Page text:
Advocacy group says normal, peaceful Muslims are not in news stories, only the violent extremists.
By Mona Shadia, firstname.lastname@example.org
September 14, 2010
ANAHEIM — The Greater Los Angeles Area chapter of the Council on American-Islamic Relations (CAIR-LA) held a media breakfast at its offices Tuesday morning with reporters and editors from various Southern California news outlets to discuss how the American media portrays Islam and Muslims.
The regional office of the Muslim American advocacy and civil liberties group organized the event mainly to give media representatives information, resources and ideas on how to cover Muslims in a more positive light, as they are often typecast.
"Present Muslims like common people," said Ahlam Muhtaseb, assistant professor of communications studies at Cal State San Bernardino.
Since the Sept. 11, 2001, attacks, Muslims' loyalty to the United States has been questioned, and they have been scrutinized and lumped into one group that is seen as untrustworthy and not American enough, said Munira Syeda, CAIR-LA spokeswoman.
Lately, the coverage of the proposed building of an Islamic center, Park51, near the former World Trade Center site in New York City; the abandoned plan by a Florida church to burn the Koran on the ninth anniversary of 9/11; and the upcoming midterm elections has thrust Muslims into the national spotlight.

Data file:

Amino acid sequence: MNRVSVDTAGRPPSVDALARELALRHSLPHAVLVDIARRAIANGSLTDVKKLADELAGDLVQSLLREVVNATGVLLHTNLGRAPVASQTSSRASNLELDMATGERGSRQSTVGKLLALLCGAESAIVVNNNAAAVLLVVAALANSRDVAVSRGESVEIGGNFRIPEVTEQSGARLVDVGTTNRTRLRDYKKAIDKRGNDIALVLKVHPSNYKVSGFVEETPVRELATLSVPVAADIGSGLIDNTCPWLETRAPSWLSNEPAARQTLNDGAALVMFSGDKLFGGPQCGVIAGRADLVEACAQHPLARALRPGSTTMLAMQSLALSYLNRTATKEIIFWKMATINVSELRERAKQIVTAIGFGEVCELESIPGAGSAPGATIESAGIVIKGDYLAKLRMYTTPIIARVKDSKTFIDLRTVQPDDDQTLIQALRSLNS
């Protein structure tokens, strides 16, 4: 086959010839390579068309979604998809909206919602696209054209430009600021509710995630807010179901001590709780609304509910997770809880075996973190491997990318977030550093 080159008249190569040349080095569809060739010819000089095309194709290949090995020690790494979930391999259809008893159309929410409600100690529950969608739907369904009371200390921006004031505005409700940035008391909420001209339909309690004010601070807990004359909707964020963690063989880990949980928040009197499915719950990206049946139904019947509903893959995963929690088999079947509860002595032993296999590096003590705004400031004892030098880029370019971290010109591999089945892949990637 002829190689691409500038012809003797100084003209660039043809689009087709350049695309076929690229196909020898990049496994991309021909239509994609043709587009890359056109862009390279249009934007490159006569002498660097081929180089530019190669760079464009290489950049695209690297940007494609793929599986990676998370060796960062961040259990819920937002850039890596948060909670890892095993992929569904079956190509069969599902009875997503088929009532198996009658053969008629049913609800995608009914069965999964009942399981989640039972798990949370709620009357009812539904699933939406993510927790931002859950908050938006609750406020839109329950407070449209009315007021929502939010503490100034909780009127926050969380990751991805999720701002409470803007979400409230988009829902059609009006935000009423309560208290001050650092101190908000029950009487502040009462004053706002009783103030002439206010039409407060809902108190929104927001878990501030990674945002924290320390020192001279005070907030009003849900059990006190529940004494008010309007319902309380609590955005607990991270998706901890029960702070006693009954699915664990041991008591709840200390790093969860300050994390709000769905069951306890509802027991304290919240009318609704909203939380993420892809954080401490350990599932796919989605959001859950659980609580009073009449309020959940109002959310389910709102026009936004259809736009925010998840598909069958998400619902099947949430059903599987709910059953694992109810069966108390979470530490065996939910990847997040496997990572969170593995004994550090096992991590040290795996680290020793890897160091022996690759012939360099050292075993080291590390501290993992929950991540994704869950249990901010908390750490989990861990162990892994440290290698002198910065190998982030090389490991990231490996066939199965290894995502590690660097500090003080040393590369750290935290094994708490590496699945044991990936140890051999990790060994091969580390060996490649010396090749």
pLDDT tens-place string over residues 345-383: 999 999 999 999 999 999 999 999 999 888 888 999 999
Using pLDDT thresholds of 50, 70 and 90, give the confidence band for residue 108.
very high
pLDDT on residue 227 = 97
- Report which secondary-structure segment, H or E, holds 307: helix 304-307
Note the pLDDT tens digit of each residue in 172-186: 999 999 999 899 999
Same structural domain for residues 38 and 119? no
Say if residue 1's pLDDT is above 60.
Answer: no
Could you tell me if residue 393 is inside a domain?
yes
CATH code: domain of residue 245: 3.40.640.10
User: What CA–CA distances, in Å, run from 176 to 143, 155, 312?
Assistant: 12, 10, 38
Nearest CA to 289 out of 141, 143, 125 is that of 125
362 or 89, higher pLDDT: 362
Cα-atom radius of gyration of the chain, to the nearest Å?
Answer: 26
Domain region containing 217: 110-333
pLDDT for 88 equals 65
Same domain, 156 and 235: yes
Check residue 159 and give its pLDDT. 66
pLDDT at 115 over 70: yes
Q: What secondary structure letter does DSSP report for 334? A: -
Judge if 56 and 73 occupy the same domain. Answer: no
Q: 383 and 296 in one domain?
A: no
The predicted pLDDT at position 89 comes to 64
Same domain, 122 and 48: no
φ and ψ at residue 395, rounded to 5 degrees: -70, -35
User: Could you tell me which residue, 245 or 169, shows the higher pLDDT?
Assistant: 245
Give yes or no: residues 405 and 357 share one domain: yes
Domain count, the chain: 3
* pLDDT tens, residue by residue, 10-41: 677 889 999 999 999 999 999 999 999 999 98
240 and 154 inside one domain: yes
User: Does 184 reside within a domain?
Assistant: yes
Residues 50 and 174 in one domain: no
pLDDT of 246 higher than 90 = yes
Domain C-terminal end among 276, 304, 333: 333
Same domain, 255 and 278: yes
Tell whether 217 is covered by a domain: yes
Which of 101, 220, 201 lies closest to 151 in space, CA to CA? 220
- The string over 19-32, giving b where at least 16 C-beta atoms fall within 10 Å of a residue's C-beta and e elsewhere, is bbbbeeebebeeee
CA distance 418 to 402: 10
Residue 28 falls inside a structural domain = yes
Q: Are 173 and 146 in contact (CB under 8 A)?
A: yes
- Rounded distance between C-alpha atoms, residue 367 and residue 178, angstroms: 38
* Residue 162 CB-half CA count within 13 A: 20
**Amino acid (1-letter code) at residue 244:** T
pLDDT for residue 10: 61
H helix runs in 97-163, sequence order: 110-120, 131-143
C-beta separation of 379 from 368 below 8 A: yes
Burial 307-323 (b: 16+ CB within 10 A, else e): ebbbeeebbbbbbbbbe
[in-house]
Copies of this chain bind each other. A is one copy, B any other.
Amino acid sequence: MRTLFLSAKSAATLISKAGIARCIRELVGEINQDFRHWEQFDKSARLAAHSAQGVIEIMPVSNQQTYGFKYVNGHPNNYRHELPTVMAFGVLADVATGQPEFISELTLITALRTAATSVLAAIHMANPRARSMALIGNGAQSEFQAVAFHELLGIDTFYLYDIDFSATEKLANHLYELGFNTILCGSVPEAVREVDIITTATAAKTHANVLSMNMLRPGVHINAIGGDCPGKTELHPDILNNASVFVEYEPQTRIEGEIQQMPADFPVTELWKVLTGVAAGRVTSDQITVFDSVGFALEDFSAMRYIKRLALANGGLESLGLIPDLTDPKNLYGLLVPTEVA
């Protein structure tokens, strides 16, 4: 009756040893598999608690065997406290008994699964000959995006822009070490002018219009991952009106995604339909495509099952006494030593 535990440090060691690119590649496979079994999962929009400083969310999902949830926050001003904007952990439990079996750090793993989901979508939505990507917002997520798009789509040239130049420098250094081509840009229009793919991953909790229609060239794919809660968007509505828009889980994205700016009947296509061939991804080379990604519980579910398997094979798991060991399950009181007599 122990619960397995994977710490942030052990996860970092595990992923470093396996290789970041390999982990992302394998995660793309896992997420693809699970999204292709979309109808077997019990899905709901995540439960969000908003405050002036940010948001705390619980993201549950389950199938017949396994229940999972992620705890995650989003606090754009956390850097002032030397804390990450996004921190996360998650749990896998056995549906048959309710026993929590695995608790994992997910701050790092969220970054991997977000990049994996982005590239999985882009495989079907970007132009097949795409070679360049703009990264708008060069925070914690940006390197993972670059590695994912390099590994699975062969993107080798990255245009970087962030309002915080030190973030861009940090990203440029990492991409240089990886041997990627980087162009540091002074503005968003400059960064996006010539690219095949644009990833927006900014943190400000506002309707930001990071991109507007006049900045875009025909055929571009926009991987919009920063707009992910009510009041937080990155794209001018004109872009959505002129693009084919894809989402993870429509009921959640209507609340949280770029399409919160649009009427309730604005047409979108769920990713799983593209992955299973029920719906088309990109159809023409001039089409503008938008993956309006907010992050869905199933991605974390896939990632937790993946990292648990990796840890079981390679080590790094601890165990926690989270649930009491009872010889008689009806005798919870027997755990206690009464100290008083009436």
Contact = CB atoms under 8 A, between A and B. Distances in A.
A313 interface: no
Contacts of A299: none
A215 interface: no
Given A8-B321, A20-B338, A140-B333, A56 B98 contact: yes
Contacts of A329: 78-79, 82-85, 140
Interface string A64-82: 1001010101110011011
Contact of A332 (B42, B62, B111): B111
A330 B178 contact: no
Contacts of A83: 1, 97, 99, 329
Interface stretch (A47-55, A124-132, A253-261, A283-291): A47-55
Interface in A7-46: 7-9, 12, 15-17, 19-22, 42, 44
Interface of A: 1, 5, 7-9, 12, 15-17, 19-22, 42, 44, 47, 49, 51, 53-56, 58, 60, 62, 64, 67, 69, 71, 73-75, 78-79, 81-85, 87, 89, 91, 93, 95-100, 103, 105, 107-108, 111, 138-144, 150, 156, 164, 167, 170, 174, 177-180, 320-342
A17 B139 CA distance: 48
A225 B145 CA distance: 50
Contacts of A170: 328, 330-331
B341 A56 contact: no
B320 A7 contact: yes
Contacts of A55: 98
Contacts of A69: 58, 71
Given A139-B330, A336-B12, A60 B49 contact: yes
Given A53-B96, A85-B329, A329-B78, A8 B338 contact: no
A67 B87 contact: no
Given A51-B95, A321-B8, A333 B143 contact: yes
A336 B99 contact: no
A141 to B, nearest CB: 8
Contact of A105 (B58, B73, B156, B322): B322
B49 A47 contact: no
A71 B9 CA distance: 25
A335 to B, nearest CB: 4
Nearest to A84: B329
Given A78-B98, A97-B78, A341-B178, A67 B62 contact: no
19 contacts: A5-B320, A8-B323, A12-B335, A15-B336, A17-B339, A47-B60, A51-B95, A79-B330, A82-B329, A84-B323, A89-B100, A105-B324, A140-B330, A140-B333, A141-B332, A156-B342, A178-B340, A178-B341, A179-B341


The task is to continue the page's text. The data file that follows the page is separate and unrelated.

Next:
Typically when there is coverage of Islam or Muslims, it is done in a negative frame of mind, said Hussam Ayloush, executive director of CAIR-LA.
For example, coverage of Muslims or Islam occurs mainly when a group who uses Islam to advance its agenda commits a suicide bombing in Iraq or elsewhere, or when someone, who also uses Islam to fulfill his goal, is suspected of committing a terrorist act, he said.
But ordinary, everyday Muslims, who make up most of the nearly 1.5 billion followers of Islam worldwide — 6 to 8 million of them in the United States — are not seen or heard, Ayloush said.
As a result, certain words trigger fear or negative perceptions of Muslims among Americans.
Ayloush said people have told him they equate the word "Islam" with terrorism, violence, and intolerance toward women, among other negative perceptions, none of which Islam represents.
On the other hand, positive stories about Muslim doctors who travel overseas to provide medical assistance to the poor, Muslim nurses who tend to the sick, Muslim public school teachers who work in inner cities and neighborhoods, and Muslims volunteers who raise funds for Haiti and other disaster-stricken areas are nowhere to be found on TV, radio or in newspapers, Ayloush said.
The idea is not to refrain from telling the negative stories, but to include the majority of Muslims in daily coverage, in the human interest stories that are heard and read everywhere, Ayloush said.